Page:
This belief in wandering spirits on the night might be one of the reasons the Church decided to hold a Midnight Mass on Christmas Eve. In West Wales until the outbreak of the Second World War, young men holding blazing torches formed a bodyguard to escort the vicar through the dark lanes to the church for the service. A late 19th century writer commenting on this custom claimed it was a survival of ‘the superstitious rites of the heathen Britons.’ In Shetland, lights were burnt in the houses throughout the long night of the winter solstice when the powers of darkness were at their strongest. An iron blade was also left on the threshold to ward off the trolls and other supernatural creatures that were believed to be abroad just prior to the birth of Jesus. Midwinter was also a time when all over Europe people called guisers dressed up in animal costumes or ragged clothes and masks to represent the spirits of the winter and darkness. Again this is a throwback to pagan times, and in the 7th century, Theodore, the Greek archbishop of Canterbury, condemned superstitious and heathen English people who still dressed up in animal skins and impersonated beasts at midwinter. Mumming plays with a theme of death and resurrection were also performed, and still are today. These featured folk characters such as St George the dragon slayer who fights and kills a Turkish knight, Old Father Christmas (not to be confused with the modern Santa Claus) and a shamanic doctor figure who has the necromantic power to revive the dead. One of the overtly pagan midwinter practices of animal masking that seemed to have survived as folk customs was the Christmas Bull, found mostly in the West Country counties of Wiltshire and Dorset. The most famous example of these was the Dorset Ooser. This was a wooden mask depicting a bearded human face with bulging eyes and real bull’s horns. This ritual mask was in use until the end of the 19th century when it mysteriously vanished from the local family who were its guardians. Many years later the mask was found stored in an attic but unfortunately it was in such a dilapidated condition it could no longer be used. In recent years a new Dorset Ooser has been made and the custom has been revived by Morris dancers in the Dorset village of Cerne Abbas, famous for its hill figure of an ithyphallic giant holding a club. In South and West Wales the equivalent to the Christmas Bull was the Mari Lywd, or ‘Grey Mare’, which may be a relic of pagan horse goddess worship, or associated with the legend of the Wild Hunt as the steed of Woden. This was a real horse’s skull with pieces of coloured glass for eyes and a hinged jaw that could open and snap shut. The skull was mounted on a pole held by its operator who was concealed from sight beneath a white sheet. The Mari travelled around the parish bringing good luck and fortune to the houses it visited. The horse’s attendants were rewarded with mince pies and mulled wine while it was invited in to play the trickster by chasing the women of the household and playfolly biting their bottoms. In England the similar hoden or hooden (hooded) horses were sometimes referred to as ‘Robin Hood’s steed’. Animal masking features in modern traditional witchcraft, and can be associated with most of the seasonal festivals of the Wheel of the Year. The animals and birds can include totemic beasts of the coven, clan or tradition, those associated with the Lord and Lady, and with witchcraft in general. Popular examples, as we have seen previously, include the hare, cat, badger, owl, raven, boar, fox, goose, stag, ram, goat, bull, mare and hound. In practice the use of such masks connects the wearer with the group soul of the animal concerned. Also their symbolism and its attributes may have significance to the person who chooses to wear a mask representing a specific totem animal. The wearing of spirit masks is a universal way in many cultures worldwide of representing or impersonating or connecting with Otherworldly beings, and as such is a useful aid for trance work and spirit ingress or possession. Of the animals listed above used in masking and guising, the hare is a popular form taken by the fetch or spirit double of the witch when it leaves her physical body and is ‘out and about’. As we have seen, it is an animal associated with the spring equinox and Lady Day representing fertility, physical activity, sexuality and ‘divine madness’ e.g. the Mad March Hare. It is also a lunar animal, and in East Anglia the new moon is known as the ‘owd [old] hare’. The poet Robert Graves affirmed that the animal was the special totem of the ‘White Goddess’ of the moon and witchcraft. The cat is a lunar animal, although some ‘big cats’ like lions can have a solar attribution. In the Middle East cats were said to originate from the moon and were regarded as sacred in Ancient Egypt, where wild African cats were probably first domesticated, and associated with such feline goddesses as Bast and Sekhmet. Ancient people may have revered cats because they were the natural predators of mice and rats, who threatened granaries. In the Middle Ages it was said that black cats were the familiars of witches, although the real traditional witch’s cat is a brindle. Because of this association and the common belief they were creatures of the Devil, in medieval France cats were burnt on pyres. In Britain many old houses have been found to contain mummified cats ritually deposited in walls so their spirits either ward off malefic witchcraft or protect from infestations of vermin. In traditional witchcraft the cat is sacred to the witch-mother Lilith and Hecate, the goddess of death and the underworld. The badger, although a legally protected species, is currently under threat in England from a government cull because it is believed to be a carrier for bovine tuberculosis. Country people called it the ‘earth bear’ although it belongs to the same family as weasels, and Brock, from the Celtic word broc believed to mean ‘grey’. In Scotland, old-time witches boiled up badger fat to use in their flying ointments and the animal’s foot was carried as a lucky charm. Their bones and tufts of hair were worn in small leather bags as a protective amulet against malefic witches, although they were also said to take badger form when they shape-shifted, so this might have been sympathetic magic. To change, the witch had to acquire the skin of a badger and wear it. A popular country belief was that badgers and owls were linked, and hunt together. The owl is also sacred to the witch-goddess, especially in her lunar forms, and is connected to the acquisition of wisdom, awareness and clear-sightedness. It is often regarded in folklore as a bird of ill-omen or doom, misfortune and death. In Scotland the bird is sometimes called the Cailleach and it belongs to the hag goddess representing the winter and death. The owl is supposed to be a bird that protects the faery folk when they are out at night, and for that reason they wear costumes made from its feathers. Cornish people claim that the owl can be a baby killer. It also takes infants from their cots and replaces them with faery changelings. However, it is also one of the shapes taken by the witch when she is ‘out and about’ in her astral form. In those streams of modern witchcraft that follow a Luciferian tradition the sinister and frightening ‘Owl Lady’ is associated with Lilith.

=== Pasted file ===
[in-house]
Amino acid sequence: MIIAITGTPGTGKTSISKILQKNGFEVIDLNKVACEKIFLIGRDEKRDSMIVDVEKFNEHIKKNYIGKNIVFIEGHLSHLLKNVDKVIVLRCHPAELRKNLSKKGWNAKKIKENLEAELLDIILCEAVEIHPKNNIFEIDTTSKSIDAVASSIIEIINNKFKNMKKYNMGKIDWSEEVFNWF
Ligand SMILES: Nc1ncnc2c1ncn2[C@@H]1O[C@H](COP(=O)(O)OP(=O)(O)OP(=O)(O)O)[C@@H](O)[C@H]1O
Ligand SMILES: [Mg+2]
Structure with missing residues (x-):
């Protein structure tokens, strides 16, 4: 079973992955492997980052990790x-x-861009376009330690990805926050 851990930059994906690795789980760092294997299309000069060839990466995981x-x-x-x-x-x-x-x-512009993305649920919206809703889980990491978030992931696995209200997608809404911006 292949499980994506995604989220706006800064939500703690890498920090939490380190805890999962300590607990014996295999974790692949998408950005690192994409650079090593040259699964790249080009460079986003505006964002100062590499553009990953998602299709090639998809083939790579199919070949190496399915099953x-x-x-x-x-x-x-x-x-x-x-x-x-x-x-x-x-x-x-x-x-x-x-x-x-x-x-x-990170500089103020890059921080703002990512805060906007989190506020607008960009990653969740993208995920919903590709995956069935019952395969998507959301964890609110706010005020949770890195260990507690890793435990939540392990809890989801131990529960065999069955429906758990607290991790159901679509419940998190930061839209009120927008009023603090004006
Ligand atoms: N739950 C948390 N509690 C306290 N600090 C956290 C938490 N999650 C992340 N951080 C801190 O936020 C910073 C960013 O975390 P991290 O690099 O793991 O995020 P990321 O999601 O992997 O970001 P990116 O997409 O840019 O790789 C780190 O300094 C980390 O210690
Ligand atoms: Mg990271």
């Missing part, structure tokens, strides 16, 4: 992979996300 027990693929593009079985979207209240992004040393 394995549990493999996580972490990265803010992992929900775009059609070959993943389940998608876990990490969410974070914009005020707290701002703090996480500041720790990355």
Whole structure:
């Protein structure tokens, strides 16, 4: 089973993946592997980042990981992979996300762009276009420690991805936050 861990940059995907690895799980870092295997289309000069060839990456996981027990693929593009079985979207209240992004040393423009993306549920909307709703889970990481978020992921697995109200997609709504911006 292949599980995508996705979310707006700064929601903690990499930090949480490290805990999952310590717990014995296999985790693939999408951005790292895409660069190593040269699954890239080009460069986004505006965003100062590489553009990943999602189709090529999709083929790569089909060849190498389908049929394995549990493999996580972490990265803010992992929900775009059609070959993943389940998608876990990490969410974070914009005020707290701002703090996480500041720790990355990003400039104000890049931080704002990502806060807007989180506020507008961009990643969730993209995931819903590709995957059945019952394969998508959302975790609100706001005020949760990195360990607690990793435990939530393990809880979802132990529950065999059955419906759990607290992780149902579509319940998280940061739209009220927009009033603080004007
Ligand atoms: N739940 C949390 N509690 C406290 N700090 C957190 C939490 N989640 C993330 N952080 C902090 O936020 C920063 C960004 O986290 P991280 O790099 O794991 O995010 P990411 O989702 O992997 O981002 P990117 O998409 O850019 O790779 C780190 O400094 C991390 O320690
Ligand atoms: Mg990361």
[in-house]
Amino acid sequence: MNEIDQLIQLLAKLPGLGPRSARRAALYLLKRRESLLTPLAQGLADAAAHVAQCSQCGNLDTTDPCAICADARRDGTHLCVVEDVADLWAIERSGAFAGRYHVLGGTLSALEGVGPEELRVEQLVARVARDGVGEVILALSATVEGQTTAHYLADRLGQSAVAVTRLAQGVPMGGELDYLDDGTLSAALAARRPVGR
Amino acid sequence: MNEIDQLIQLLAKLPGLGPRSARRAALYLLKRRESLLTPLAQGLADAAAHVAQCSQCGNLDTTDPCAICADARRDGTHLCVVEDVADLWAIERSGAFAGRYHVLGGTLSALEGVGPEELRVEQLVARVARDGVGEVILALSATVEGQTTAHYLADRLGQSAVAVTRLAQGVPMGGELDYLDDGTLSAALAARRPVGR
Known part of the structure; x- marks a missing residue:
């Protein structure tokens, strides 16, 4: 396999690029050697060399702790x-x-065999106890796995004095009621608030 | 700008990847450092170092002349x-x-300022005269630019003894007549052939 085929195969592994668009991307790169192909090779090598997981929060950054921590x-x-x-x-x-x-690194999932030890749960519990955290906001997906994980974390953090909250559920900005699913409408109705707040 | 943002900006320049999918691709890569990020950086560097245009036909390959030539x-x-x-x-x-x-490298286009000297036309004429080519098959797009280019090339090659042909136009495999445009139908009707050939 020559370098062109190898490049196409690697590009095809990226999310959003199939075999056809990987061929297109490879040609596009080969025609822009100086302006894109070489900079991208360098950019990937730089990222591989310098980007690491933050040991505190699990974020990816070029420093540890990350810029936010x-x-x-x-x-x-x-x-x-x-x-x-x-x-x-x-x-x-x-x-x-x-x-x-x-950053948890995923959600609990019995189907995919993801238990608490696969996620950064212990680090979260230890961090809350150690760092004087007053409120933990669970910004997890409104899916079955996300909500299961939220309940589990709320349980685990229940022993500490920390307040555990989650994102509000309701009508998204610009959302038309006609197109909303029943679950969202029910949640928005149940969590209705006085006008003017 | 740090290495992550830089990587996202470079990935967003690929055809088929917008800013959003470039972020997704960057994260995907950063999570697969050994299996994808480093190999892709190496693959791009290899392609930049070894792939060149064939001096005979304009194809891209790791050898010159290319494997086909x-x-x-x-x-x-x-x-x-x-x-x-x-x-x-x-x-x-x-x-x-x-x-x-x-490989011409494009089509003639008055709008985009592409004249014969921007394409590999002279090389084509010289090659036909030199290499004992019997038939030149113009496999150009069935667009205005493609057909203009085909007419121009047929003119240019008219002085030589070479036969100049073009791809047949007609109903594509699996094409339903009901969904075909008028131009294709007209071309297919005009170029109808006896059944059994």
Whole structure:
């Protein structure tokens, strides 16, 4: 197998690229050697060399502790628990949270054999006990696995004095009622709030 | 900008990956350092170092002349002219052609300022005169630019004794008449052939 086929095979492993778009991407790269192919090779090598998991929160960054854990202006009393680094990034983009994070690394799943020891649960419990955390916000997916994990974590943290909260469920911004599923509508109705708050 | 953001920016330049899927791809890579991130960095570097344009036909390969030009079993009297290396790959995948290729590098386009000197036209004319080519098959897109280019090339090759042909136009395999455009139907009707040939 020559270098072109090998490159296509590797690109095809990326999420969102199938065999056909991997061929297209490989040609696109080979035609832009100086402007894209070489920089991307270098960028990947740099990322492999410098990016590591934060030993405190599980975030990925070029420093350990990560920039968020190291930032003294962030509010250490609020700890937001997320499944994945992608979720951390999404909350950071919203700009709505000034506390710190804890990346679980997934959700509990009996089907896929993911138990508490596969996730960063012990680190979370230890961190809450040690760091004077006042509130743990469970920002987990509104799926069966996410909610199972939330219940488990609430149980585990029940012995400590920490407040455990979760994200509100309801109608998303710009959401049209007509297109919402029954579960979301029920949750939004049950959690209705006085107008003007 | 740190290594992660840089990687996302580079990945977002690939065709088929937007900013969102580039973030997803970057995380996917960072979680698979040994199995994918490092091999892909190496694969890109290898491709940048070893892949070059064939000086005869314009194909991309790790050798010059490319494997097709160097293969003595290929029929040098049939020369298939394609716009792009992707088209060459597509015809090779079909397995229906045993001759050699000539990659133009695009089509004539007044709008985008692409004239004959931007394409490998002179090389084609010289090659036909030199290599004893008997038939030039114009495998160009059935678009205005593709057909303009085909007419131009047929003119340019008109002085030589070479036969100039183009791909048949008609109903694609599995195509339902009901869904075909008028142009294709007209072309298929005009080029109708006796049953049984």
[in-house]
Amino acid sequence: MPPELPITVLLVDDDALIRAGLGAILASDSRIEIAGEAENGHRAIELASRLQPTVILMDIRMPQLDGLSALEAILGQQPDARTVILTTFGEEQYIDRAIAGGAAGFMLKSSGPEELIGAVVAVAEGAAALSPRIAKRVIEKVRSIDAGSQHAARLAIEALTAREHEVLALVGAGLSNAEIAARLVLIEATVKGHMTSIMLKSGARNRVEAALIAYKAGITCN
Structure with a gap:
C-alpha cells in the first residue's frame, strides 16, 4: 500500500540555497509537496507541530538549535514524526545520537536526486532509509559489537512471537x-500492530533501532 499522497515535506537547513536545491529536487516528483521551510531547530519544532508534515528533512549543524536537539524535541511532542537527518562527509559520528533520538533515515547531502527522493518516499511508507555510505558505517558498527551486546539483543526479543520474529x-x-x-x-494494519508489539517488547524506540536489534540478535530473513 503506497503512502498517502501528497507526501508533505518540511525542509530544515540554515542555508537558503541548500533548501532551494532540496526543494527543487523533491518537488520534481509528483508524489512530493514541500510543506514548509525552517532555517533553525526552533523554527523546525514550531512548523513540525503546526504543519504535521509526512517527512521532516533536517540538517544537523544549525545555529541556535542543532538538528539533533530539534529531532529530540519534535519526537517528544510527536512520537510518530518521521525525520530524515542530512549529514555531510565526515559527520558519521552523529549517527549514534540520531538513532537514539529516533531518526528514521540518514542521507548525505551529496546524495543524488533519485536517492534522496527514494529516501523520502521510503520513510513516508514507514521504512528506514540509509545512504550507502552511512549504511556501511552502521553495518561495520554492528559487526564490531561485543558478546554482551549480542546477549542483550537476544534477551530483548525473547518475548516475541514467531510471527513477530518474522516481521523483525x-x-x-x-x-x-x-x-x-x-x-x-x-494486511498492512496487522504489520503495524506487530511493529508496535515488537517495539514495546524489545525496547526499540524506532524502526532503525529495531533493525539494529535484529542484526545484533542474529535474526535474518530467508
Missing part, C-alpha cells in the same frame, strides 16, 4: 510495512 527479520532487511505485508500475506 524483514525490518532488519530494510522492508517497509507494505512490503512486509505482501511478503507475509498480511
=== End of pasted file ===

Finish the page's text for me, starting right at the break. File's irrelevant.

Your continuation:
The raven was also a bird of ill-repute, a trickster and an omen of death, sacred to the Cailleach and the sinister Washer at the Ford. However it was also a bird of prophecy, foresight, and intelligence and is also associated with battlefields and the fallen dead. A raven’s tongue kept in a leather bag around the neck with hagstones and dried gorse flowers was said to grant the wearer the power of the Second Sight. In its protective or guardian role it is associated with the old Welsh god and mythical king Bran the Blessed. The boar or wild pig was sometimes an animal that was associated with the moon because of its crescent-shaped tusks. However, it was also an animal that was sacred to the witch-god in his sacrificial role. A popular custom at Christmastide was the Ceremony of the Boar’s Head. In medieval times in large country houses the severed head of a boar was carried to the dining table on a large platter garlanded with sprigs of bay, rosemary and holly. In Scandinavia the last sheaf from the harvest was baked into a loaf in the shape of the animal called the Yule Boar. It was kept until it was time to sow the fields, then was broken up and the crumbs were mixed with the seed in the furrows. Female pigs were associated with the Welsh witch Ceridwen, who was called the sow-goddess, and the role of Merlin as a swineherd has already been mentioned. Prohibitions against eating pork are known from Ancient Egyptian religion and appear in Judaism and Islam. This taboo may be for health reasons but possibly it has something to do with its pagan role as a symbol and sacred animal of both the sacrificed god and the Great Goddess. In one Arthurian legend the king and his knights went out from Camelot to hunt a giant enchanted boar, called Twrch Trwyth in Welsh. This beast had once been human and was a man who had been transformed into a pig for unknown sins. The fox is an animal of the master Cain and the Devil or Horned God and associated with the Magister, Man in Black or witch-master as his human representative. Its attributes include cunning, craftiness and trickery. In Finland the Northern Lights are known as ‘fox fire’. The sacred bird of the winter goddess Dame Holda, as the female leader of the Wild Hunt, is the goose. In the old nursery rhyme she is Old Mother Goose and snow falls from her wings as she flies through the sky on the first real day of winter. Geese were once kept as watchdogs to guard property and warn their inhabitants of intruders. For that reason the bird is associated with protection, both physical and psychic, and the guardianship of secrets or forbidden knowledge. In Cornwall, witches were sometimes called ‘geese women’, possibly because they took this form when spirit travelling, and the magical symbol of the pentagram used in traditional witchcraft is sometimes known as the ‘goose foot’. Goats, rams, bulls and stags are obvious animal forms taken by Old Nick or the Devil. Stags, as we have seen, are messengers from – or guides to – the Otherworld, and the sacred animal of the sun god. In the Arthurian legends the king and his knights went on a hunt for a rare white stag. When it was killed its decapitated head was offered as a special gift to ‘the fairest lady in the land’, which was Queen Guinevere as Sovereignty or the Queen of Elfhame. Today albino stags are still highly prized by poachers. The hound is represented by the phantom Black Dog of folklore, the black dogs that were owned by Cain, Crom Dubh and Merlin, the white-coated, red-eared faery dogs and the canine pack that accompanies the Wild Hunt. Finally the (night) mare is another sacred animal of the Goddess in her underworld role as the Old Queen or ruler of the realm of the dead. It is associated with equine goddesses such as Epona and Rhiannon. According to Robert Graves in The White Goddess, the ‘night mare’ made her nest from the bones of dead poets. Of course the most famous folk figure associated with the Christmas festivities is Santa Claus or St Nicholas, named after an early saint who gave gifts out to children. His popular image is very much a modern invention based on a series of famous advertisements in the 1930’s for the Coca-Cola drink company and featuring its corporate colours of white and red in his costume. However, in the 17th century he was a far more uncanny and eldritch figure known as Old Father Christmas. As the spirit personification of the midwinter season he wore a green robe and a holly wreath on his head. In 1809 the American writer Washington Irving represented Father Christmas or Santa Claus as a jolly fat man in a fur robe and cap, riding through the night sky on a sleigh drawn by reindeer and distributing presents to children. In this way he represented the leaders of the Wild Hunt, like Woden or Holda, who also rode through the sky as midwinter gift-bringers to their followers. In European countries, Santa Claus’ pagan origin is preserved in his dwarf assistant, known in Dutch as Swart Peit or Black Peter. He appears in the form of a black-coloured demon and punishes young children who have been naughty during the year and do not deserve presents from the jolly white-bearded gentleman. Another pagan hangover is the popular belief in elves associated with Father Christmas, who toil in his workshops at the North Pole making toys.
At Christmas 2013 a Danish priest hanged an image of an elf on a gallows outside his church, allegedly because elves “belong to Satan”. ‘The feast day of St Stephen on December 26th is now secularised in Britain as Boxing Day, when people carrying wooden boxes used to go from house to house begging for alms. The day used to feature a cruel folk custom of killing a wren, which has been identified with druidic rites, the sacrificial god and the summer king and winter king. The ancient druids regarded the bird as a symbol of the human soul and its survival in the afterlife. Despite its small size, the wren is known as the ‘king of the birds’. It gained this title because it flew higher in the sky than all the other birds in the woods. It did this by an act of trickery, riding on the back of a soaring eagle. ‘This Boxing Day custom was known as the Hunting of the Wren and was mostly found in the Celtic fringe regions of Wales, Ireland and the Isle of Man. In the ritual a wren was hunted down, killed and then given a mock funeral during which the dead bird was processed through the streets in a specially made ‘wren’s house’. ‘This was a box with glass windows, surmounted by a wheel whose spokes were decorated with coloured ribbons, possibly representing the ritual Wheel of the Year. At the end of the procession the wren was solemnly buried, but before interment its feathers were removed and kept by the so-called ‘wren boys’ as good luck charms. When the cruelty of wren-hunting was criticised, public opinion forced the participants to capture the bird, imprison it in a cage for the street procession and then release it back into the wild. © Michael Howard.